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UnitedHealth Group Inc.'s acquisition of Catamaran Corp. will alter the dynamics of pharmacy benefits management market and ultimately result in cost savings on prescription drugs for employers, experts say.
By merging Schaumburg, Illinois-based Catamaran with Minnetonka, Minnesota-based UnitedHealth's existing PBM, OptumRx, the $12.8 billion deal will result in a PBM that trails only St. Louis-based Express Scripts Holding Co. and Woonsocket, Rhode Island-based CVS/Caremark Corp. in number of prescriptions.
“By connecting the volume of OptumRX with Catamaran, you now have a very solid No. 3 player in the PBM space behind Caremark and Express Scripts,” said Steven Halper, New York-based senior vice president of equity research of health care information technology, managed care and pharmaceutical services at FBR Capital Markets & Co.
Ritu Malhotra, Chicago-based vice president and national pharmacy benefits practice leader at the Segal Group Inc., said the combined entity will foster greater competition.
“I think this is a great thing for the industry,” Ms. Malhotra said. “With the consolidations that have happened over the past few years, we have started to get into a dynamic where the PBM industry is top heavy. We needed more viable players to push for better pricing.”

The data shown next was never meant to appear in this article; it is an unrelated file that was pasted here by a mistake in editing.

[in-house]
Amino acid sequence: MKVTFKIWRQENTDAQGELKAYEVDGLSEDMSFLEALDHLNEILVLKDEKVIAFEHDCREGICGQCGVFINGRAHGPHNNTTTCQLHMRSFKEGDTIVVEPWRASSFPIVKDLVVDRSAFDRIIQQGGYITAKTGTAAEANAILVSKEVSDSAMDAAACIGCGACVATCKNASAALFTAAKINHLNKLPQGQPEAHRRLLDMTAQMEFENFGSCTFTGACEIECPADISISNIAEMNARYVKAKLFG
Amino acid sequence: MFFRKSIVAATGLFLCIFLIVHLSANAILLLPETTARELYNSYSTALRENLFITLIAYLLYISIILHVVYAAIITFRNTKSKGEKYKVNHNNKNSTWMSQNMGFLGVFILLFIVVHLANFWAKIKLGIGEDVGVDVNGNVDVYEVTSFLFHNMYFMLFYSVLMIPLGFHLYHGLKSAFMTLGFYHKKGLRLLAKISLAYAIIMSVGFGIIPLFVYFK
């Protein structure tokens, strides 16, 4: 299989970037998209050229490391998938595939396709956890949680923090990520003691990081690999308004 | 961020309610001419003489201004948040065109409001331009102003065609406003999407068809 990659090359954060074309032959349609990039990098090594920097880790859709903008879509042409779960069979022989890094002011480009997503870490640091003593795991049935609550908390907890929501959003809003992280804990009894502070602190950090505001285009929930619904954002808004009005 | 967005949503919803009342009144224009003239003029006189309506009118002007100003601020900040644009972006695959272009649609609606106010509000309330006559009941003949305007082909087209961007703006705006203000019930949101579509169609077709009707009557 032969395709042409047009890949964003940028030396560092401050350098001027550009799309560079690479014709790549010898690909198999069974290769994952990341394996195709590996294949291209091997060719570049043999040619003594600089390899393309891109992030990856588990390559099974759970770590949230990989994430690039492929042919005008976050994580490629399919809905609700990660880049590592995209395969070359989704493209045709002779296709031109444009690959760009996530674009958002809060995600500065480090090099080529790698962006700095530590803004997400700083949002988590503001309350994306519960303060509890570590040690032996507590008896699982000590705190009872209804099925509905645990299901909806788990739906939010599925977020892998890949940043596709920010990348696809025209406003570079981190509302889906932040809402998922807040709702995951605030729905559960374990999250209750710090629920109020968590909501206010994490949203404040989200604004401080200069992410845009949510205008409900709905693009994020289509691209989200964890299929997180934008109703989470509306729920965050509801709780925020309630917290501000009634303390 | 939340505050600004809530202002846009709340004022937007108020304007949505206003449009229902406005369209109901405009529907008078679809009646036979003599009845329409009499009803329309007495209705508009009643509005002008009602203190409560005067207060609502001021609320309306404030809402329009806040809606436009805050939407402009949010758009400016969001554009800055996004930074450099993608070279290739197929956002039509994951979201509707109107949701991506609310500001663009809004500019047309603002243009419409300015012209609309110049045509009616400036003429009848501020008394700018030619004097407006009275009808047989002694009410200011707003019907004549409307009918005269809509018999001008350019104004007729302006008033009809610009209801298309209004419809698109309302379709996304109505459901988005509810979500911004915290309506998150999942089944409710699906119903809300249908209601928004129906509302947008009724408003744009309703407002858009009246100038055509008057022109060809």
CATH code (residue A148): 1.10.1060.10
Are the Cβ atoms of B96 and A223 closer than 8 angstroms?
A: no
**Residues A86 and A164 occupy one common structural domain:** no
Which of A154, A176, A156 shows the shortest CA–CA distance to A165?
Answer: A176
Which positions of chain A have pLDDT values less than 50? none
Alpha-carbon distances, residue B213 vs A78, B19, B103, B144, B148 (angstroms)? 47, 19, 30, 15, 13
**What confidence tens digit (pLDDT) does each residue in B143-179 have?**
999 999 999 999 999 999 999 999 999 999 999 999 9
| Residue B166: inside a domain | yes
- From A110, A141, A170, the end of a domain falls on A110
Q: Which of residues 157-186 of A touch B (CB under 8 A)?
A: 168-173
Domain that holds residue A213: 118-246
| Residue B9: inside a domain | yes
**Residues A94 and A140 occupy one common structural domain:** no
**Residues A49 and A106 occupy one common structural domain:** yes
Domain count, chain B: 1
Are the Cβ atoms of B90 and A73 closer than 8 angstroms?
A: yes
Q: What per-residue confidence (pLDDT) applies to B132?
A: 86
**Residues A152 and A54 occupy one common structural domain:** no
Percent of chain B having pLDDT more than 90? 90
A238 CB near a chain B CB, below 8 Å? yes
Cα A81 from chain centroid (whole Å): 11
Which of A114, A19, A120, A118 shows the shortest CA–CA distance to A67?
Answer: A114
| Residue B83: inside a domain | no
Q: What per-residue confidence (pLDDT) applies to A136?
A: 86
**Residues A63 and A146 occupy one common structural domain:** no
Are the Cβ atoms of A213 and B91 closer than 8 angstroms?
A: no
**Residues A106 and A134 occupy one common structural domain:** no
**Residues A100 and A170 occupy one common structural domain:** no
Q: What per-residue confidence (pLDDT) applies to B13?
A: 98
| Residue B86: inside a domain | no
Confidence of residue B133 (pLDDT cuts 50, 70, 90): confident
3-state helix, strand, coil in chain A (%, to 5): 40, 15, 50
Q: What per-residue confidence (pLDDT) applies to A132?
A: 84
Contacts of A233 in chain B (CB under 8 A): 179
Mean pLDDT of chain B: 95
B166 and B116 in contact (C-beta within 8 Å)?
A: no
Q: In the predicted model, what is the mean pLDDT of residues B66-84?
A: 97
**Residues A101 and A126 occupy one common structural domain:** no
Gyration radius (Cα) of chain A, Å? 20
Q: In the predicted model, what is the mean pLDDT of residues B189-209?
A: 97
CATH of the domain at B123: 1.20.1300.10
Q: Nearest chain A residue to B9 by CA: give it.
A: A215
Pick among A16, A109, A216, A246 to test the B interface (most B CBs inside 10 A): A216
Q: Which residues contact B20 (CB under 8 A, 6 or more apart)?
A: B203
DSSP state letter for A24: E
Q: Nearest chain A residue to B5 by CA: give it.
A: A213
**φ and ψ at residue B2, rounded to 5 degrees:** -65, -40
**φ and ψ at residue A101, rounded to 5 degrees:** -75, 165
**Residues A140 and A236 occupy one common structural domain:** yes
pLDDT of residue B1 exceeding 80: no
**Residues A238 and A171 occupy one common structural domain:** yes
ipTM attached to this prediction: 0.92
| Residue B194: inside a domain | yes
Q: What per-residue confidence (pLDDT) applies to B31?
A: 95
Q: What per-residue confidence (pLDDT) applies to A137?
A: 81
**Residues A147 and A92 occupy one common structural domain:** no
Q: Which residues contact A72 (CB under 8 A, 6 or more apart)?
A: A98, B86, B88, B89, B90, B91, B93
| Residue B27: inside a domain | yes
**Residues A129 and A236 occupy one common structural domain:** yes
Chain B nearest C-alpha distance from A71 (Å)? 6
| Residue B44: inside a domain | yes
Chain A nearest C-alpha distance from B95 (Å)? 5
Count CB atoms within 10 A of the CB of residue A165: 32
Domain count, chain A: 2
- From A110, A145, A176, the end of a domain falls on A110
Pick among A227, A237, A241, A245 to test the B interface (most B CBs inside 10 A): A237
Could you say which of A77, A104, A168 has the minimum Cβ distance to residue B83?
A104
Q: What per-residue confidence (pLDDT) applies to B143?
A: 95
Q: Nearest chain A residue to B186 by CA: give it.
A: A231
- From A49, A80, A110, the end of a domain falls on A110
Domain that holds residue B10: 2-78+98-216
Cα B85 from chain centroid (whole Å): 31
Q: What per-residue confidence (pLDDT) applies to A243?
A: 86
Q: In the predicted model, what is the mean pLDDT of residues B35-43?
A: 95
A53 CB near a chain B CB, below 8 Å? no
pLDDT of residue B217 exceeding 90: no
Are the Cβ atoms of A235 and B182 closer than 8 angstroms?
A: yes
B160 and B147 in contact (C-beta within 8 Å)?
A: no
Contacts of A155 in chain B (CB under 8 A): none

Mr. Halper said larger PBMs can negotiate better pricing from drugmakers as well as reduced dispensing fees at pharmacies.
“The leverage is double-edged; you can get savings on both sides,” he said.
Ms. Malhotra said the benefits of greater scale extend to service levels.
“It's not just about pricing,” she said. “Our clients have been having more challenges maintaining consistent service levels from both the account management side as well as customer experience.”
Mr. Halper said UnitedHealth Group ultimately may spin off the combined entity to avoid the perception that the “Chinese Wall” between its PBM and health insurance products is not high enough.
“This deal makes their PBM better able to stand on its own, and one of the problems that Optum has had is that it is owned by United,” he said. “Perception can trump reality. So, over time, to be the true No. 3, they will have to be independent.”
UnitedHealth declined comment beyond its initial announcement of the purchase.
UnitedHealth Group Inc. beat the predictions of Wall Street analysts in the fourth quarter of 2014 in what turned out to be a better-than-expected year for the health insurer.